For 2020, EF Education First will again be abiding by it's 'alternative' racing schedule, which sees the team send riders to events gravel and mountain bike events that don't appear on the WorldTour calendar. Australian rider Lachlan Morton took full advantage of this schedule last season, completing the Dirty Kanza, Leadville 100, GBDURO and the Three Peaks cyclo-cross race. Morton is starting his year on the road in Adelaide but plans to take full advantage of this schedule in the upcoming year.
In Adelaide, the Australian has traded knobbies for slicks and will be piloting a Cannondale Supersix Evo for the duration of the Tour Down Under, yet EF also has the SystemSix aero bike in their stable. Morton is on a size 54 frame which all up tipped our scales at 7.26kg.
While Shimano provides the majority of the drivetrain parts for EF Education First's race bikes, they don't have a monopoly. Morton is using Cannondale's feathery SISL2 Hollowgram cranks, shod with 53/38t chainrings and a Power2Max NG Eco power meter complete with custom blue and pink decals. At the back, Morton's bike has a burly pink anodized and custom machined direct-mount derailleur hanger. We first saw these begin to pop up at the Tour de France last year, and they are said to provide improved shifting accuracy and make wheel changes quicker and easier to do in a hurry.
Screwed into the end of the cranks are Speedplay's Zero aero pedals; the underside of the lollipop pedal body is dimpled which when combined with the walkable cleat (also dimpled) is said to reduce frontal surface area and lower drag.
FSA and Vision are everywhere in the WorldTour this year, and Morton's cockpit is a one-piece Vision Metron 5D bar and stem combo measuring 38cm across and with a 130mm stem instead of the one-piece Cannondale version. The internal cable routing used in the Cannondale cockpit is slightly different to the way the Morton runs things, leaving the usually hidden entry port at the top of the head tube in the open air.
Morton's race wheels are the Metron Vision Metron 40 SL Disc tubular which see Vittoria Corsa G+ tubular glued onto the rim.
Each season we see more riders reach for shorter saddles, and Morton is no exception, choosing to use the new Scratch M5 as his perch.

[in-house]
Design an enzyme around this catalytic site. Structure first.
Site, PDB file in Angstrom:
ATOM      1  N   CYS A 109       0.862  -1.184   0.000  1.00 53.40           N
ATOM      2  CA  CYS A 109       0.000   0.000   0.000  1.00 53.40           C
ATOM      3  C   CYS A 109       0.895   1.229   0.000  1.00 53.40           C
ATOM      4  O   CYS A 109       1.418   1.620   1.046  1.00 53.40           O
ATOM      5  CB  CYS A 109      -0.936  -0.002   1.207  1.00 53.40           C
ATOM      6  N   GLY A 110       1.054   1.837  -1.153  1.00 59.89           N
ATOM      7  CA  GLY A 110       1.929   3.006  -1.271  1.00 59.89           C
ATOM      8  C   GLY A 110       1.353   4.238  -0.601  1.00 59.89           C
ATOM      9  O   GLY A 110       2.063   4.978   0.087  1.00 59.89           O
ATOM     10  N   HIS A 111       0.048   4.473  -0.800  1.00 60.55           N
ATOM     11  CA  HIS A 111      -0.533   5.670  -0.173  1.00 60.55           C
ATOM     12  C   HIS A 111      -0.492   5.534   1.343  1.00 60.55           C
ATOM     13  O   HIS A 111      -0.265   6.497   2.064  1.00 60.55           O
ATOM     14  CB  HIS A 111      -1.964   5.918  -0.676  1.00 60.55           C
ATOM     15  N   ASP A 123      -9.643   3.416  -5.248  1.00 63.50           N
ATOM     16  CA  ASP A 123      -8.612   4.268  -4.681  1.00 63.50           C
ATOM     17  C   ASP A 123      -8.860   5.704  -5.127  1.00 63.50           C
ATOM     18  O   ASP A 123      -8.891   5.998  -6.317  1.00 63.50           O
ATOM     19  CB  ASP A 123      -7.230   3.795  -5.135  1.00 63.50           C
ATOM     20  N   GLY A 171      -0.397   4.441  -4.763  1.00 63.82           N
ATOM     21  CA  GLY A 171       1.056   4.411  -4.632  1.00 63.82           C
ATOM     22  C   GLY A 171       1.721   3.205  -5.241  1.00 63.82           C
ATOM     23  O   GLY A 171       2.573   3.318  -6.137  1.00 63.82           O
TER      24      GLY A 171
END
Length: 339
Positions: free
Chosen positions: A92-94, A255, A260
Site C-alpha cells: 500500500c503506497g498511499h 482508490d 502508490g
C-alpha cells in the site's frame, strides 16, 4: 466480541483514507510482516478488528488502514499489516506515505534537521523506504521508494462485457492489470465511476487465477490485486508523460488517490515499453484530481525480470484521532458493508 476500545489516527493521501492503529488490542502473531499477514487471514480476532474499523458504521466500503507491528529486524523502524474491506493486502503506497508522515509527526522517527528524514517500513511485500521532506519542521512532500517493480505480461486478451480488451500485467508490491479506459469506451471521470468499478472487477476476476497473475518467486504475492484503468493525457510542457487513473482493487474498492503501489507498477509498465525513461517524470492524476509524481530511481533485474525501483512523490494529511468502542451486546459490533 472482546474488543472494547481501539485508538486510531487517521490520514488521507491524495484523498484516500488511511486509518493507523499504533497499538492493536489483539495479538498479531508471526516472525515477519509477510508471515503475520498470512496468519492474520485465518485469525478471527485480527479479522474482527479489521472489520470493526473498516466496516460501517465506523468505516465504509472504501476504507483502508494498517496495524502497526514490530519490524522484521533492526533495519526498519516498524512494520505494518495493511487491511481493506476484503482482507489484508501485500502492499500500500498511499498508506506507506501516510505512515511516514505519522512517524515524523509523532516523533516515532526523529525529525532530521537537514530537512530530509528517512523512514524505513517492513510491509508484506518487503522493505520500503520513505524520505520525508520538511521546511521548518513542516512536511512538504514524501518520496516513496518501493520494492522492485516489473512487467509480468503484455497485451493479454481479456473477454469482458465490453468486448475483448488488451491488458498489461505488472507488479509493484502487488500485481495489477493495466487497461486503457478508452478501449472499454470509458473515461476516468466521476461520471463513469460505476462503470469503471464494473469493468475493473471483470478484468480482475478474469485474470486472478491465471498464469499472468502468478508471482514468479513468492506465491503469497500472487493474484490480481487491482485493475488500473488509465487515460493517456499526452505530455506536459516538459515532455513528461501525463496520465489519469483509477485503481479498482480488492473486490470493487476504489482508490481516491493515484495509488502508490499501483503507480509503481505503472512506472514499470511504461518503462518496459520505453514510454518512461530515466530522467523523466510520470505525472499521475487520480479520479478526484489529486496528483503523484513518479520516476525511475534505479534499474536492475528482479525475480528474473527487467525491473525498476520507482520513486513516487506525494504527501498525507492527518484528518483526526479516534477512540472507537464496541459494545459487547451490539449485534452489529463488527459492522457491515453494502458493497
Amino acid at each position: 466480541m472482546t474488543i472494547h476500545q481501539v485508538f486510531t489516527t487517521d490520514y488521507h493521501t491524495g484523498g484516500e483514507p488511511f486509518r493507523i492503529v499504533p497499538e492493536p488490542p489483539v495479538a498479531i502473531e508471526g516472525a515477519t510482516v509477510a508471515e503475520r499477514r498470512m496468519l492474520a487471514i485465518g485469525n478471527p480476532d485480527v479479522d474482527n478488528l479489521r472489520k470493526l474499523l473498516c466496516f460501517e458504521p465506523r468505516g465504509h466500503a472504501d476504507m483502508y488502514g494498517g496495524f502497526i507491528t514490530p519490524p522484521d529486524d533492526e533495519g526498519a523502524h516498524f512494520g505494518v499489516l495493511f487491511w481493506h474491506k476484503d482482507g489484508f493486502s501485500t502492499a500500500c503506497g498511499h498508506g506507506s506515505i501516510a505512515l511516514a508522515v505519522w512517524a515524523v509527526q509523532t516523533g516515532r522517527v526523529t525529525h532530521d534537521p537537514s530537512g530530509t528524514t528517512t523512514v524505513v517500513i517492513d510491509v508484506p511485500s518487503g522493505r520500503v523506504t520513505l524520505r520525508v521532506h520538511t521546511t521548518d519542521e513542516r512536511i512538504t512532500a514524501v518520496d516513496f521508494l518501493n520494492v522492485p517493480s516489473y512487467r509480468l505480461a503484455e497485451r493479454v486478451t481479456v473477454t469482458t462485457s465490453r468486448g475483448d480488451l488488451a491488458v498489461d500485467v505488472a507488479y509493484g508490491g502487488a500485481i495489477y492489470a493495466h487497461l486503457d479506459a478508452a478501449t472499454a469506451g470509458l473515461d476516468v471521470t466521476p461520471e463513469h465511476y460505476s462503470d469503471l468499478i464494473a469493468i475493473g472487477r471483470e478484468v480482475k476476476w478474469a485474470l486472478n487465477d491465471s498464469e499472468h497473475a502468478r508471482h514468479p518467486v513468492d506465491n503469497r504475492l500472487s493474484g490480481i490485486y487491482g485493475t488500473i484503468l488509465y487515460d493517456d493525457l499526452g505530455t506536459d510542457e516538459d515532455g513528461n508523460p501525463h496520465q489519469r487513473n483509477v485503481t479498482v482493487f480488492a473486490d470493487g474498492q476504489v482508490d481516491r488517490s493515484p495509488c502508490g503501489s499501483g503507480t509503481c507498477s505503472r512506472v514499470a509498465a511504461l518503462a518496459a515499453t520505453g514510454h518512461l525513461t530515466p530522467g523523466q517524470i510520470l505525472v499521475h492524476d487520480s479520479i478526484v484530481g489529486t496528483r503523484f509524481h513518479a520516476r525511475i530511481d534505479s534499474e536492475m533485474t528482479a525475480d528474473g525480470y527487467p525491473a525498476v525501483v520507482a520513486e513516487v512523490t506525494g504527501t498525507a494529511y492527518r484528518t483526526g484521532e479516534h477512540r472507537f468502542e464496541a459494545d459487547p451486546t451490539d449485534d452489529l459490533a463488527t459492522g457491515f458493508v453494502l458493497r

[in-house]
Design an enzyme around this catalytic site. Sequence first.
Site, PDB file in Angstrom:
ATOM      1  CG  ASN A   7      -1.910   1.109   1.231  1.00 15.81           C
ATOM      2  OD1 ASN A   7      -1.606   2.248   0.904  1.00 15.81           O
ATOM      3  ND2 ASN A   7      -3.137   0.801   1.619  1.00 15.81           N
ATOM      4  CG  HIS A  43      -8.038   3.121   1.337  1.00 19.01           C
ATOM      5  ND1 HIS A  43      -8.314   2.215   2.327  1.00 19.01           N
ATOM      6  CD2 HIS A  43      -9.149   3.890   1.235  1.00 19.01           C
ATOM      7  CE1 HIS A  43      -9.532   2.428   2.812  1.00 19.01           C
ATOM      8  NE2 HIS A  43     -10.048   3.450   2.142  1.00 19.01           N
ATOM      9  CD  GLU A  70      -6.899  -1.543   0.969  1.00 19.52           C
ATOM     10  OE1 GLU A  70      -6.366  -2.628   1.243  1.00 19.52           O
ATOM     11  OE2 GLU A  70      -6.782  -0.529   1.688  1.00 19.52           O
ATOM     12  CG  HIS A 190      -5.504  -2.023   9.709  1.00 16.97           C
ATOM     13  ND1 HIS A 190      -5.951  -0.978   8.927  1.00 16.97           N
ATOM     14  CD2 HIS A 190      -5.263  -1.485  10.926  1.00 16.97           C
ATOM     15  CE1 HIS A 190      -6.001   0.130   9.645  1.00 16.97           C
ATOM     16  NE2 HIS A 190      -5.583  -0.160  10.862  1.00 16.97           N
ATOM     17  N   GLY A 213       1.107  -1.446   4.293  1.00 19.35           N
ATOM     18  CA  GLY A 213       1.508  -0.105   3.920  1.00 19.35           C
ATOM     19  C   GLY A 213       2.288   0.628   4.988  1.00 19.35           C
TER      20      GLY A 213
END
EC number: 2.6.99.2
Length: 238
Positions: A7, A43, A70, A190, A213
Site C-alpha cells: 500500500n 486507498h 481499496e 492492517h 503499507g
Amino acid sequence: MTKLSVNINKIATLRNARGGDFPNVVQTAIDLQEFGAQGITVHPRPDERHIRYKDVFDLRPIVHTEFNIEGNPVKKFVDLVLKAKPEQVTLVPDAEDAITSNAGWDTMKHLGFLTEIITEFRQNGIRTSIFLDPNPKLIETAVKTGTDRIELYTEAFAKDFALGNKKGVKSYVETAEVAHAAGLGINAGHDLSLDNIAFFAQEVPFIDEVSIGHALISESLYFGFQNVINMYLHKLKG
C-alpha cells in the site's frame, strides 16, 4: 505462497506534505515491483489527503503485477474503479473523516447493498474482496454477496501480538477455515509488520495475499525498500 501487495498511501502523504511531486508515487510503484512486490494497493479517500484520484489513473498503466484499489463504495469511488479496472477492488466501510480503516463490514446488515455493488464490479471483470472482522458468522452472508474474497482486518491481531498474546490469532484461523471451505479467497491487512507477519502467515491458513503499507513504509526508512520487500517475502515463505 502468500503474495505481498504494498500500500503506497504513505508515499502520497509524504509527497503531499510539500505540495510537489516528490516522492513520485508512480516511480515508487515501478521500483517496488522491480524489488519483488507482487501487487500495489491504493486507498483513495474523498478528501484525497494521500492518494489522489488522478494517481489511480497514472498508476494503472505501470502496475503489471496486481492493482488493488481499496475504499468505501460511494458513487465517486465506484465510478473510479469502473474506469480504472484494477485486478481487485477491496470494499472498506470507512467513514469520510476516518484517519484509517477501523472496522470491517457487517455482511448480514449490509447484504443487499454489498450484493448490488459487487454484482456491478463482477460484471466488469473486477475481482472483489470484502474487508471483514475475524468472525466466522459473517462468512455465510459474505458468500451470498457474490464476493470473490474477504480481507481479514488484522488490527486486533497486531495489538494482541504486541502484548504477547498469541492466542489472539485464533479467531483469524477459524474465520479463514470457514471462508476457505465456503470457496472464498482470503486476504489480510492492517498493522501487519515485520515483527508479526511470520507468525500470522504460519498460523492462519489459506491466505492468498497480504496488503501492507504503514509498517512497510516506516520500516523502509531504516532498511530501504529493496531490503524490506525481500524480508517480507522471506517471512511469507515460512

Click through the gallery above for a closer look at Lachlan Morton's Cannondale Supersix Evo.
Lachlan Morton's Cannondale Supersix Evo Disc full bike specifications
Cyclingnews will be bringing you previews, news, features and tech from the professional peloton in Australia leading up to, during and after the race. Here we also share how to live stream the Tour Down Under, no matter your location, with ExpressVPN (opens in new tab).
Frameset: Cannondale SuperSix EVO Hi-MOD Disc Dura-Ace Di2, Size 54
Front brake: Shimano Dura-Ace R9170 Hydraulic Disc caliper
Rear brake: Shimano Dura-Ace R9170 Hydraulic Disc caliper
Brake/shift levers: Shimano Dura-Ace Di2 R9170 Hydraulic Disc Dual Control Lever
Front derailleur: Shimano Dura-Ace Di2 R9150
Rear derailleur: Shimano Dura-Ace Di2 R9150
Cassette: Shimano Dura-Ace, 11-30t
Chain: Shimano Dura-Ace
Crankset: Cannondale SISL2 HollowGram w/ FSA Chainrings 53/38t and Power2Max NG Eco power meter
Bottom bracket: FSA PressFit30
Wheelset: Vision Metron 40 SL Disc
Tyres: Vittoria Corsa G+ tubular
Handlebars: Vision Metron 5D, 38cm
Handlebar tape: Prologo Onetouch 2
Stem: Merton Vision 5D, 130mm
Pedals: Speedplay Zero Aero
Saddle: Prologo Scratch M5
Seat post: HollowGram 27 SL KNØT
Bottle cages: Tacx Deva
Rider height: 1.8 m
Seat height (from bottom bracket at centre): 740mm
Saddle nose to handlebars (at stem): 560mm
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Based on the Gold Coast of Australia, Colin has written tech content for cycling publication for a decade. With hundreds of buyer's guides, reviews and how-tos published in Bike Radar, Cyclingnews, Bike Perfect and Cycling Weekly, as well as in numerous publications dedicated to his other passion, skiing.
Colin was a key contributor to Cyclingnews between 2019 and 2021, during which time he helped build the site's tech coverage from the ground up. Nowadays he works full-time as the news and content editor of Flow MTB magazine.